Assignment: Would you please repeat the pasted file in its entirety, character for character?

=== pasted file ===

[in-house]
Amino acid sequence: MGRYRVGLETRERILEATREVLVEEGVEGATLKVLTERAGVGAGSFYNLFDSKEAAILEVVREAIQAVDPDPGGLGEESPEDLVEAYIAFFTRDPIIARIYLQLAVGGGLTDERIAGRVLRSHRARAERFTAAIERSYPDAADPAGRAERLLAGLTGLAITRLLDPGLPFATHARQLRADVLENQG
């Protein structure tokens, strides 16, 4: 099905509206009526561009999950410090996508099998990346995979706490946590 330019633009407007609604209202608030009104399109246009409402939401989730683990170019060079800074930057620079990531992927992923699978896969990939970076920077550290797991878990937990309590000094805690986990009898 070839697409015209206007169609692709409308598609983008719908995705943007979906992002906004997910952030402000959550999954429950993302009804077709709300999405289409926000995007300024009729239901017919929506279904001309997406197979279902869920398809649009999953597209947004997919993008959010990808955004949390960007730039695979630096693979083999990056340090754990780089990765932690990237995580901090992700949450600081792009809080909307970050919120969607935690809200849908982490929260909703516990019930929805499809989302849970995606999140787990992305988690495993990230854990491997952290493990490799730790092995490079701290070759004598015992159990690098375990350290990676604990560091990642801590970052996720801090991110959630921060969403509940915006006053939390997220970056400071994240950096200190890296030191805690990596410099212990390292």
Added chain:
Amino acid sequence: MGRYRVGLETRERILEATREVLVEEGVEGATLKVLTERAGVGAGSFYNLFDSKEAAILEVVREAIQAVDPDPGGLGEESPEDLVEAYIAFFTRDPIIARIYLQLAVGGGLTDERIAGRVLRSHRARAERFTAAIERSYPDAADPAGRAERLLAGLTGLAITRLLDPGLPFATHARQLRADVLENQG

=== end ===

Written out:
[in-house]
Amino acid sequence: MGRYRVGLETRERILEATREVLVEEGVEGATLKVLTERAGVGAGSFYNLFDSKEAAILEVVREAIQAVDPDPGGLGEESPEDLVEAYIAFFTRDPIIARIYLQLAVGGGLTDERIAGRVLRSHRARAERFTAAIERSYPDAADPAGRAERLLAGLTGLAITRLLDPGLPFATHARQLRADVLENQG
């Protein structure tokens, strides 16, 4: 099905509206009526561009999950410090996508099998990346995979706490946590 330019633009407007609604209202608030009104399109246009409402939401989730683990170019060079800074930057620079990531992927992923699978896969990939970076920077550290797991878990937990309590000094805690986990009898 070839697409015209206007169609692709409308598609983008719908995705943007979906992002906004997910952030402000959550999954429950993302009804077709709300999405289409926000995007300024009729239901017919929506279904001309997406197979279902869920398809649009999953597209947004997919993008959010990808955004949390960007730039695979630096693979083999990056340090754990780089990765932690990237995580901090992700949450600081792009809080909307970050919120969607935690809200849908982490929260909703516990019930929805499809989302849970995606999140787990992305988690495993990230854990491997952290493990490799730790092995490079701290070759004598015992159990690098375990350290990676604990560091990642801590970052996720801090991110959630921060969403509940915006006053939390997220970056400071994240950096200190890296030191805690990596410099212990390292």
Added chain:
Amino acid sequence: MGRYRVGLETRERILEATREVLVEEGVEGATLKVLTERAGVGAGSFYNLFDSKEAAILEVVREAIQAVDPDPGGLGEESPEDLVEAYIAFFTRDPIIARIYLQLAVGGGLTDERIAGRVLRSHRARAERFTAAIERSYPDAADPAGRAERLLAGLTGLAITRLLDPGLPFATHARQLRADVLENQG